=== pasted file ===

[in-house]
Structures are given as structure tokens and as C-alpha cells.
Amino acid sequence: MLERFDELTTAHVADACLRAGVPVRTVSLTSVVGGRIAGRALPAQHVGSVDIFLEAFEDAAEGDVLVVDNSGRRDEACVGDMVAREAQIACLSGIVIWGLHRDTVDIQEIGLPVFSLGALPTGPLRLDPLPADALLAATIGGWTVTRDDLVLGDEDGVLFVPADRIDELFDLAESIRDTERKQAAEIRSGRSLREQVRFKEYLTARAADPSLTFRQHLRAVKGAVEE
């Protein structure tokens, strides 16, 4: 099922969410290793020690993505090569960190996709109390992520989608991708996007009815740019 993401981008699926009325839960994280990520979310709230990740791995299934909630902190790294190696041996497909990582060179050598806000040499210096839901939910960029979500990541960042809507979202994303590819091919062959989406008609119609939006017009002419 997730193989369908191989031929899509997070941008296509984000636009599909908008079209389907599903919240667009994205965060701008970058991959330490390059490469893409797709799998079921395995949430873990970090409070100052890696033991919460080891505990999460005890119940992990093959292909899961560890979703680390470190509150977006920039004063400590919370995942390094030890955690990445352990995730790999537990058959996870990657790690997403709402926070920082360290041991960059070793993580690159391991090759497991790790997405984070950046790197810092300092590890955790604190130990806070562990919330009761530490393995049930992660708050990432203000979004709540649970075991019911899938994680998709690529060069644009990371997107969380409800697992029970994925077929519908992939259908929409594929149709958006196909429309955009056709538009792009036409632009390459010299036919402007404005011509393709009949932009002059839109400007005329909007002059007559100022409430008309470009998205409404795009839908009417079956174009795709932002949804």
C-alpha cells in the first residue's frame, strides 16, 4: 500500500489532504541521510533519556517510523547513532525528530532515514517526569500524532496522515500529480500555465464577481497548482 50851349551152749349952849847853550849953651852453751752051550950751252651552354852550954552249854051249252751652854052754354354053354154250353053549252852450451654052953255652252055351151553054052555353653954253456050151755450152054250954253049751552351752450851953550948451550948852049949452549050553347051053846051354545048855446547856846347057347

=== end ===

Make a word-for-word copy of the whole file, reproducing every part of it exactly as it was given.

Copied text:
[in-house]
Structures are given as structure tokens and as C-alpha cells.
Amino acid sequence: MLERFDELTTAHVADACLRAGVPVRTVSLTSVVGGRIAGRALPAQHVGSVDIFLEAFEDAAEGDVLVVDNSGRRDEACVGDMVAREAQIACLSGIVIWGLHRDTVDIQEIGLPVFSLGALPTGPLRLDPLPADALLAATIGGWTVTRDDLVLGDEDGVLFVPADRIDELFDLAESIRDTERKQAAEIRSGRSLREQVRFKEYLTARAADPSLTFRQHLRAVKGAVEE
């Protein structure tokens, strides 16, 4: 099922969410290793020690993505090569960190996709109390992520989608991708996007009815740019 993401981008699926009325839960994280990520979310709230990740791995299934909630902190790294190696041996497909990582060179050598806000040499210096839901939910960029979500990541960042809507979202994303590819091919062959989406008609119609939006017009002419 997730193989369908191989031929899509997070941008296509984000636009599909908008079209389907599903919240667009994205965060701008970058991959330490390059490469893409797709799998079921395995949430873990970090409070100052890696033991919460080891505990999460005890119940992990093959292909899961560890979703680390470190509150977006920039004063400590919370995942390094030890955690990445352990995730790999537990058959996870990657790690997403709402926070920082360290041991960059070793993580690159391991090759497991790790997405984070950046790197810092300092590890955790604190130990806070562990919330009761530490393995049930992660708050990432203000979004709540649970075991019911899938994680998709690529060069644009990371997107969380409800697992029970994925077929519908992939259908929409594929149709958006196909429309955009056709538009792009036409632009390459010299036919402007404005011509393709009949932009002059839109400007005329909007002059007559100022409430008309470009998205409404795009839908009417079956174009795709932002949804």
C-alpha cells in the first residue's frame, strides 16, 4: 500500500489532504541521510533519556517510523547513532525528530532515514517526569500524532496522515500529480500555465464577481497548482 50851349551152749349952849847853550849953651852453751752051550950751252651552354852550954552249854051249252751652854052754354354053354154250353053549252852450451654052953255652252055351151553054052555353653954253456050151755450152054250954253049751552351752450851953550948451550948852049949452549050553347051053846051354545048855446547856846347057347